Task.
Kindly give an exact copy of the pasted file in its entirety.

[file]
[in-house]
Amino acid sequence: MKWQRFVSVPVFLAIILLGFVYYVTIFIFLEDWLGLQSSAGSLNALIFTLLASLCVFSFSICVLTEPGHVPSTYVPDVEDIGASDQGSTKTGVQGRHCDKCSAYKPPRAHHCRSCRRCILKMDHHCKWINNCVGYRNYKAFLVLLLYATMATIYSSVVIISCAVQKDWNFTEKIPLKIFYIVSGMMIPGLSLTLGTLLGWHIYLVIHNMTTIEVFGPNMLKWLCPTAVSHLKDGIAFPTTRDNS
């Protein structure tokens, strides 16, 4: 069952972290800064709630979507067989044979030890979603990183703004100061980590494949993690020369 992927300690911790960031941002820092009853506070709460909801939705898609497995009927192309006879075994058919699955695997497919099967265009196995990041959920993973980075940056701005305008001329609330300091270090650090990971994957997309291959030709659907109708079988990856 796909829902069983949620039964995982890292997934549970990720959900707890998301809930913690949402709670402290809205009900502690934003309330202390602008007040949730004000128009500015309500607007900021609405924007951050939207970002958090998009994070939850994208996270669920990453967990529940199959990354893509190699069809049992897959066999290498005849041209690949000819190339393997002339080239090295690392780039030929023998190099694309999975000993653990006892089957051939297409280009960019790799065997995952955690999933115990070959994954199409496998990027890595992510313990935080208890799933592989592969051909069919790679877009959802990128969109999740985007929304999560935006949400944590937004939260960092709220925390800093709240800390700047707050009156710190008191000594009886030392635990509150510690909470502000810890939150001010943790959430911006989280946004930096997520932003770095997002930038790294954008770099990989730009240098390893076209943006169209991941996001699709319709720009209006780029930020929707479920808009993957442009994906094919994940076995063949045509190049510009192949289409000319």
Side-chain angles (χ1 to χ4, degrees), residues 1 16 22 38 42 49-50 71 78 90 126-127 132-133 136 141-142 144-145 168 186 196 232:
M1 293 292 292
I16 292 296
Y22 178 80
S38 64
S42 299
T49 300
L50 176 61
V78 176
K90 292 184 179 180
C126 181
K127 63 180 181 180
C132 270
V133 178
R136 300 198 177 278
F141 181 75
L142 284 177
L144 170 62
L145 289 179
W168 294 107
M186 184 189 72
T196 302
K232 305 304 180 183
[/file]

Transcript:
[in-house]
Amino acid sequence: MKWQRFVSVPVFLAIILLGFVYYVTIFIFLEDWLGLQSSAGSLNALIFTLLASLCVFSFSICVLTEPGHVPSTYVPDVEDIGASDQGSTKTGVQGRHCDKCSAYKPPRAHHCRSCRRCILKMDHHCKWINNCVGYRNYKAFLVLLLYATMATIYSSVVIISCAVQKDWNFTEKIPLKIFYIVSGMMIPGLSLTLGTLLGWHIYLVIHNMTTIEVFGPNMLKWLCPTAVSHLKDGIAFPTTRDNS
């Protein structure tokens, strides 16, 4: 069952972290800064709630979507067989044979030890979603990183703004100061980590494949993690020369 992927300690911790960031941002820092009853506070709460909801939705898609497995009927192309006879075994058919699955695997497919099967265009196995990041959920993973980075940056701005305008001329609330300091270090650090990971994957997309291959030709659907109708079988990856 796909829902069983949620039964995982890292997934549970990720959900707890998301809930913690949402709670402290809205009900502690934003309330202390602008007040949730004000128009500015309500607007900021609405924007951050939207970002958090998009994070939850994208996270669920990453967990529940199959990354893509190699069809049992897959066999290498005849041209690949000819190339393997002339080239090295690392780039030929023998190099694309999975000993653990006892089957051939297409280009960019790799065997995952955690999933115990070959994954199409496998990027890595992510313990935080208890799933592989592969051909069919790679877009959802990128969109999740985007929304999560935006949400944590937004939260960092709220925390800093709240800390700047707050009156710190008191000594009886030392635990509150510690909470502000810890939150001010943790959430911006989280946004930096997520932003770095997002930038790294954008770099990989730009240098390893076209943006169209991941996001699709319709720009209006780029930020929707479920808009993957442009994906094919994940076995063949045509190049510009192949289409000319």
Side-chain angles (χ1 to χ4, degrees), residues 1 16 22 38 42 49-50 71 78 90 126-127 132-133 136 141-142 144-145 168 186 196 232:
M1 293 292 292
I16 292 296
Y22 178 80
S38 64
S42 299
T49 300
L50 176 61
V78 176
K90 292 184 179 180
C126 181
K127 63 180 181 180
C132 270
V133 178
R136 300 198 177 278
F141 181 75
L142 284 177
L144 170 62
L145 289 179
W168 294 107
M186 184 189 72
T196 302
K232 305 304 180 183